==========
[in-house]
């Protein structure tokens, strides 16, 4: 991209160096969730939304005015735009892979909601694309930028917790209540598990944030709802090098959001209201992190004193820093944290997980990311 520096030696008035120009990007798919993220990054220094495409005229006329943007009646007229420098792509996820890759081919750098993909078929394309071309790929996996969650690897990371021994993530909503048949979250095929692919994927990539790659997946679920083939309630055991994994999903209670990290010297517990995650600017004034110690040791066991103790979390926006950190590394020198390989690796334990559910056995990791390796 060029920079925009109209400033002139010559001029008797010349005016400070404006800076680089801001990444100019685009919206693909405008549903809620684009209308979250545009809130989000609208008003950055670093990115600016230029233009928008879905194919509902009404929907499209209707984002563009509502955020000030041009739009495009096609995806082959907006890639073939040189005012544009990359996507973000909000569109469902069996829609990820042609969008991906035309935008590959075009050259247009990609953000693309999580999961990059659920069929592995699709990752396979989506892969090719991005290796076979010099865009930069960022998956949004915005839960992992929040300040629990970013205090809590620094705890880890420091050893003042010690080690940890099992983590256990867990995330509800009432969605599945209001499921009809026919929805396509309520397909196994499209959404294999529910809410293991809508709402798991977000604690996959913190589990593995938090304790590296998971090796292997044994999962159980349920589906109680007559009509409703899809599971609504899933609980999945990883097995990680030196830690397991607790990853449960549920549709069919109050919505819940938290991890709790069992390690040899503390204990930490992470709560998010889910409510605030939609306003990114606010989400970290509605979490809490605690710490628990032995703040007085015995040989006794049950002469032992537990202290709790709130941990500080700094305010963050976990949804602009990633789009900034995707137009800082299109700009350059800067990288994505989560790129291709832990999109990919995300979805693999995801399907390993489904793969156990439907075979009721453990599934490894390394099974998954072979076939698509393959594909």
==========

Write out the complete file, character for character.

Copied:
[in-house]
């Protein structure tokens, strides 16, 4: 991209160096969730939304005015735009892979909601694309930028917790209540598990944030709802090098959001209201992190004193820093944290997980990311 520096030696008035120009990007798919993220990054220094495409005229006329943007009646007229420098792509996820890759081919750098993909078929394309071309790929996996969650690897990371021994993530909503048949979250095929692919994927990539790659997946679920083939309630055991994994999903209670990290010297517990995650600017004034110690040791066991103790979390926006950190590394020198390989690796334990559910056995990791390796 060029920079925009109209400033002139010559001029008797010349005016400070404006800076680089801001990444100019685009919206693909405008549903809620684009209308979250545009809130989000609208008003950055670093990115600016230029233009928008879905194919509902009404929907499209209707984002563009509502955020000030041009739009495009096609995806082959907006890639073939040189005012544009990359996507973000909000569109469902069996829609990820042609969008991906035309935008590959075009050259247009990609953000693309999580999961990059659920069929592995699709990752396979989506892969090719991005290796076979010099865009930069960022998956949004915005839960992992929040300040629990970013205090809590620094705890880890420091050893003042010690080690940890099992983590256990867990995330509800009432969605599945209001499921009809026919929805396509309520397909196994499209959404294999529910809410293991809508709402798991977000604690996959913190589990593995938090304790590296998971090796292997044994999962159980349920589906109680007559009509409703899809599971609504899933609980999945990883097995990680030196830690397991607790990853449960549920549709069919109050919505819940938290991890709790069992390690040899503390204990930490992470709560998010889910409510605030939609306003990114606010989400970290509605979490809490605690710490628990032995703040007085015995040989006794049950002469032992537990202290709790709130941990500080700094305010963050976990949804602009990633789009900034995707137009800082299109700009350059800067990288994505989560790129291709832990999109990919995300979805693999995801399907390993489904793969156990439907075979009721453990599934490894390394099974998954072979076939698509393959594909």